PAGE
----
We can now officially report that we have “gone cruising.” Dock lines were cast yesterday and we spent our first night at anchor. If feels rewarding to be truly afloat again, with bows pointed to the breeze and salt spray cast across her decks.
It is hot here in September – low 30’s hot, which when breezeless means really, really hot. Matters are worse when smoke fills the sky from burning plantations of palm trees, making the heat seem all the more oppressive. It has taken us some time to adjust to the high temperature but the gauges are tuning and our bodies starting to regulate. We initially stayed in a hotel near the marina whilst Atea was on the hard getting her final work done, the air-conditioned rooms a welcome reprieve. We soon discovered, however, that air-con in these parts don’t have temperature adjustments so we either battle hypothermia or heat exhaustion. I’ve never understood why countries with the hottest temperatures tend to turn their thermostats the lowest – it has always seemed counter-intuitive to carry jumpers around when walking around in the blistering heat. But if you intend to spend anytime indoors the extra layers are necessary. I now understand how Muslim’s can get away with head-to-toe covering when I spend time indoors shivering myself blue.
It took us three weeks to get ourselves sorted for the season, which was the timeframe we expected. While Pangkor may not attract the average tourist, Pangkor Marina does offer a good base to get marine work done. We had high hopes of getting a significant refit done to Atea during her nine months on the hard, but we soon realized that you have to be present to ensure progress. Nevertheless, we succeeded antifouling the hull, polishing the topsides, painting rust spots and the interior woodwork has been rejuvenated. At the last minute we added in an anchor winch service, rudder shaft repairs and a leaking hull valve replacement. After emptying out the bank account, we were finally ready to go. You quickly realize why boatyards are full of foreign cruising yachts. With prices roughly 50% lower than western yards, it is the only place you can afford to have work done… and even then boats quickly consume what money you have.
Of our diet, it has changed considerably since re-embarking on the cruising life. As I reflect through the seasons, the taste and flavour of our meals are highly influenced by the regions we travel through. This one more so than any other. In previous years we have left shore with a yacht stocked for extended periods. Rather than a year of stores onboard, this year we have the luxury of easy access to most foods and we are able to provision as we go. A novel experience. For the first time ice-cream blesses our freezer, which sounds a good thing as in years past the entire space has been jammed exclusively with eye fillet and scotch steak. However, while fruit and vegetables abound, quality meat, breads and cheeses are sparse. The chicken is scrawny and the meat ordered by hue: orange, black or green. As such, a vegetarian diet consumes our meals unless we go ashore. Given meals – good, delicious, full-flavour meals – are a quarter of what the ingredients would cost, eating ashore is a regular affair.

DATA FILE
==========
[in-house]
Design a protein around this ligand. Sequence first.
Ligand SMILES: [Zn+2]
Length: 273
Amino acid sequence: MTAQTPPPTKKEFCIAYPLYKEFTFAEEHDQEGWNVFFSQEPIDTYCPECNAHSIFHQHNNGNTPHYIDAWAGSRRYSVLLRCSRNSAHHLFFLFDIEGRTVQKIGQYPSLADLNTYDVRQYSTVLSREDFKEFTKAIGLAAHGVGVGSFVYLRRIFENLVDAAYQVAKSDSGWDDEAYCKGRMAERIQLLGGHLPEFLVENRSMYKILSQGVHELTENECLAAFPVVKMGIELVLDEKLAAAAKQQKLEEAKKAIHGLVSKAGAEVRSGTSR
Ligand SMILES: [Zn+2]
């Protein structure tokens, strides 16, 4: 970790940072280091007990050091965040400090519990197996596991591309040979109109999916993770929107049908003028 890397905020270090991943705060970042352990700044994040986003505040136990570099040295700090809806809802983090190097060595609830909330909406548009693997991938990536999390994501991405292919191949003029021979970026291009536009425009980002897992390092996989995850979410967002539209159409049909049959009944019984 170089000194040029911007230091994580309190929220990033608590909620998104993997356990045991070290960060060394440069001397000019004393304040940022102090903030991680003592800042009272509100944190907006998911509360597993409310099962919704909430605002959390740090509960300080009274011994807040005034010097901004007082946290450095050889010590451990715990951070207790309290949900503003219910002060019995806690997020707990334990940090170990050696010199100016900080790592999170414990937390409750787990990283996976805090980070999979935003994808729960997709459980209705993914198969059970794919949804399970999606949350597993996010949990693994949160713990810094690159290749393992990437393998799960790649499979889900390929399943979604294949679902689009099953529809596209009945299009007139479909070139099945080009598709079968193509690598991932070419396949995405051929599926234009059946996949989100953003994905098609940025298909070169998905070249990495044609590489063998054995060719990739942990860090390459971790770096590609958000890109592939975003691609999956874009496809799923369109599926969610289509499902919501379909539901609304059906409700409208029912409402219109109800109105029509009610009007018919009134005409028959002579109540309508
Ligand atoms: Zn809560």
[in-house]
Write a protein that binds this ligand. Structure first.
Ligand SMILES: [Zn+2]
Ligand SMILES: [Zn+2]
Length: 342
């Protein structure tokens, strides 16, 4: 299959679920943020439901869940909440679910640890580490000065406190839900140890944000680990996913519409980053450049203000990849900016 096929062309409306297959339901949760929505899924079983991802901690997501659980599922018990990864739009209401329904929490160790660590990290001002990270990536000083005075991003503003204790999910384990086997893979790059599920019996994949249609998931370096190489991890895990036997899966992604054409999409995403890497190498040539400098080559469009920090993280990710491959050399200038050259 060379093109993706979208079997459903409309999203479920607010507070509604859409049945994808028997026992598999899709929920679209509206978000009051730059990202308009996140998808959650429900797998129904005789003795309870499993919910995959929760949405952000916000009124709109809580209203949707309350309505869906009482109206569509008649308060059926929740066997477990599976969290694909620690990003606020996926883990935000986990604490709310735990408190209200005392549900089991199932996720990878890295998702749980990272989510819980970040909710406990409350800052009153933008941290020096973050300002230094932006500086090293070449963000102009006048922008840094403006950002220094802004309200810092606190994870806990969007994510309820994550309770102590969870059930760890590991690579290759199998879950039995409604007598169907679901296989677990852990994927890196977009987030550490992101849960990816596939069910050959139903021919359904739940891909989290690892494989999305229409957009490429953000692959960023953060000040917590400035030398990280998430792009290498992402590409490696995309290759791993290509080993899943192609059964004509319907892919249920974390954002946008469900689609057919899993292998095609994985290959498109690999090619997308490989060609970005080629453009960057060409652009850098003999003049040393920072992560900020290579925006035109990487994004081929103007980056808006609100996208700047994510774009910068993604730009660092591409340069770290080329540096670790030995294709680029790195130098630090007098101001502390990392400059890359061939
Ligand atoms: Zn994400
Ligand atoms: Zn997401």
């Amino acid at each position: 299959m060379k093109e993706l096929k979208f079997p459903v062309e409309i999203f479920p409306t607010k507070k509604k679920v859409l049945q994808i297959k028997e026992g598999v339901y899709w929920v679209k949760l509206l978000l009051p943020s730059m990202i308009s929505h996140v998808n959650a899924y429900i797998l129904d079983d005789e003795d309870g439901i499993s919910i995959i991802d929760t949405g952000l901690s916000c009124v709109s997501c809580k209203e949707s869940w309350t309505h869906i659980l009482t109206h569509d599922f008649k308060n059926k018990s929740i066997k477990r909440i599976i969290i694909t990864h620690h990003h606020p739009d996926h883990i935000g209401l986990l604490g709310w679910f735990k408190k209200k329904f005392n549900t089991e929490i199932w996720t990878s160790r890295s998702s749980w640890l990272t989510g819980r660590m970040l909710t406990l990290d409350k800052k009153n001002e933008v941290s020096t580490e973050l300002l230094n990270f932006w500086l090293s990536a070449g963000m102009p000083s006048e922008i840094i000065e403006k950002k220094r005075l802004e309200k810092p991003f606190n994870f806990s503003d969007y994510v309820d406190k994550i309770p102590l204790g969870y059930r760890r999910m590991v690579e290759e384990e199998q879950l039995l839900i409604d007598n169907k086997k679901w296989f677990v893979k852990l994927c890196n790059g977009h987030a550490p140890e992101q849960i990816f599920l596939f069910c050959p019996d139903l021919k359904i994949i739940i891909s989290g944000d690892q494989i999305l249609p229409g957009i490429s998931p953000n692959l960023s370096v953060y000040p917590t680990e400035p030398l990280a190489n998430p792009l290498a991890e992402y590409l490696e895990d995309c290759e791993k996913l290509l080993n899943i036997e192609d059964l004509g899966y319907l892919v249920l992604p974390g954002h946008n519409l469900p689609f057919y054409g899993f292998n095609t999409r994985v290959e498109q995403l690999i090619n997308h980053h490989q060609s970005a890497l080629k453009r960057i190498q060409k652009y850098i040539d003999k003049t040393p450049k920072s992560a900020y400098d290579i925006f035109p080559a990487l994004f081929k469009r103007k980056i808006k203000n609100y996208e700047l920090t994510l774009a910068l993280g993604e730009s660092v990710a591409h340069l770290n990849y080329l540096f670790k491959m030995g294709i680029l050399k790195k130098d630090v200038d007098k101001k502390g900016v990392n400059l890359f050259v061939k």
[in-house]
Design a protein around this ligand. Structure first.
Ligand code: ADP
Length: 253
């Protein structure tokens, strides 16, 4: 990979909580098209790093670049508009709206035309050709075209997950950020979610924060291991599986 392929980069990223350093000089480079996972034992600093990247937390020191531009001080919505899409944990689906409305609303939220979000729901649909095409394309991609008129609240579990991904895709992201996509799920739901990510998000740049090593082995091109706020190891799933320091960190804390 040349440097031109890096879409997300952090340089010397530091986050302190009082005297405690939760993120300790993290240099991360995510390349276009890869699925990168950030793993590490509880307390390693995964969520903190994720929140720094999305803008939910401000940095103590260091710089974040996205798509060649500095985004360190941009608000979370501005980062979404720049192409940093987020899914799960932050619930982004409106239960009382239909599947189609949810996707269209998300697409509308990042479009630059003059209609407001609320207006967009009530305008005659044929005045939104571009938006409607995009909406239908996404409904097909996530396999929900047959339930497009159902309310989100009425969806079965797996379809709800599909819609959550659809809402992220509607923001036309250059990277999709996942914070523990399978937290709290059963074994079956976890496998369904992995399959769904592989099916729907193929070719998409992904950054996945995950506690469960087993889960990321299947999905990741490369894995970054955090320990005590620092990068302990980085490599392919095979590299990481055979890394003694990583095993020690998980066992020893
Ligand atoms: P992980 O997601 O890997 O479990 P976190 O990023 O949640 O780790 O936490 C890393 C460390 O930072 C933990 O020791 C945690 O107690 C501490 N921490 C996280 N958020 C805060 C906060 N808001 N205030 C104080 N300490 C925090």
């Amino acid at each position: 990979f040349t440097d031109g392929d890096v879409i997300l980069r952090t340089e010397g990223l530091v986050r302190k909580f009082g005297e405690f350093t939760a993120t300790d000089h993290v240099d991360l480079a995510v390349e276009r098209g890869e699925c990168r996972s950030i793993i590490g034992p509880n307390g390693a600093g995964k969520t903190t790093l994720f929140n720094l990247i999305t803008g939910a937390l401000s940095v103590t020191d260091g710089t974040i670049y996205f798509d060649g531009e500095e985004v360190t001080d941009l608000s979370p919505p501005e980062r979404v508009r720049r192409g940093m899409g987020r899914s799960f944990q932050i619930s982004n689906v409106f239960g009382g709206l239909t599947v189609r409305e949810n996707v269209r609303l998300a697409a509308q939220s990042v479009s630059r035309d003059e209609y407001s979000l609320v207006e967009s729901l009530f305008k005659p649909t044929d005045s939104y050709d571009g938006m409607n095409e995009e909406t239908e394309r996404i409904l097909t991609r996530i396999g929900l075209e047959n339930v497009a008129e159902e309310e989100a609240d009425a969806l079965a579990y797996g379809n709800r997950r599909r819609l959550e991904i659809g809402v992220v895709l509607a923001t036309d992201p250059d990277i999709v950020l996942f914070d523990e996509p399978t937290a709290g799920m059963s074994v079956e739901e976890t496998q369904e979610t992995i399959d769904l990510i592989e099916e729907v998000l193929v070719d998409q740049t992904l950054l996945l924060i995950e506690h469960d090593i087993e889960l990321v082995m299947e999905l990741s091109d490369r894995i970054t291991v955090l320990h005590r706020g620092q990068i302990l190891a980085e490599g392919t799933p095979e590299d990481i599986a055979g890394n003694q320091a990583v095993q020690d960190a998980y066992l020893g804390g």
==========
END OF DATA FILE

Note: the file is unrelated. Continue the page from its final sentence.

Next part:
That’s great until you are blessed with a toddler who has little appreciation for spice. As meals in Malaysia are a blend of Indian and Malay culture, very little is served bland in nature. Given Braca’s distaste for meals with a red hot kick, rice is slowing becoming his staple. Ayla is getting her balance of nutrition through breast milk, but Braca has been abruptly deposited into a white rice diet.
We lucked into good company on our first day. We went to the boatyard to greet Atea for the first time in ten months when we saw two small figures madly peddling along the walkway. To my delight, they turned down the ramp to a yacht at the end of the jetty. I went around to introduce myself and was delighted to meet a very chatty and warm Canadian woman and her Australian family. Her two daughters are two and five, the youngest a month off Braca’s birthdate. We laughed at the kit that comes with kids and how ridiculous some of it was in a cruising context – babies on boats with bikes. John and I had debated before leaving Auckland at how ridiculous it was to bring a bicycle and trike (for the baby who isn’t yet crawling!), but this introduction started a ritual of morning communal bike rides and an immediate friendship. “Where are my girls?!” was the first thing Braca would say in the morning and they’d soon be off as a connected threesome. They would be off peddling around the marina, swimming in the hotel pool, hanging out below decks playing games or attending home-schooling lessons. We also took excursions into town, which provided access to local attractions and activities. SV Wandoo made the three weeks in Pangkor Marina a very social, welcome affair.
We have reunited with old friends and met some new, and social evenings on the aft deck have kicked in to a regular affair. What stands out is that at some point in the evening all conversation inevitably turns to “where to next?” Opposed to seasons past where routes all led westward, piracy in the Indian Ocean means that cruisers have to choose alternate plans to what was once the “milk run” to the Med. From Malaysia and Thailand, most boats head southwest through the South Indian Ocean to round the Cape of Good Hope in South Africa on a return trip to Europe or the Americas. A few brave or foolhardy team up to head through the Bay of Bengal and the pirate waters of the Arabian Sea (or finance the safer but more expensive option of shipping the yacht by cargo ship). Others look eastward on a circuit that leads them back through the North or South Pacific. Us? We have no idea. Or more aptly put, we have many ideas but none that we have committed to.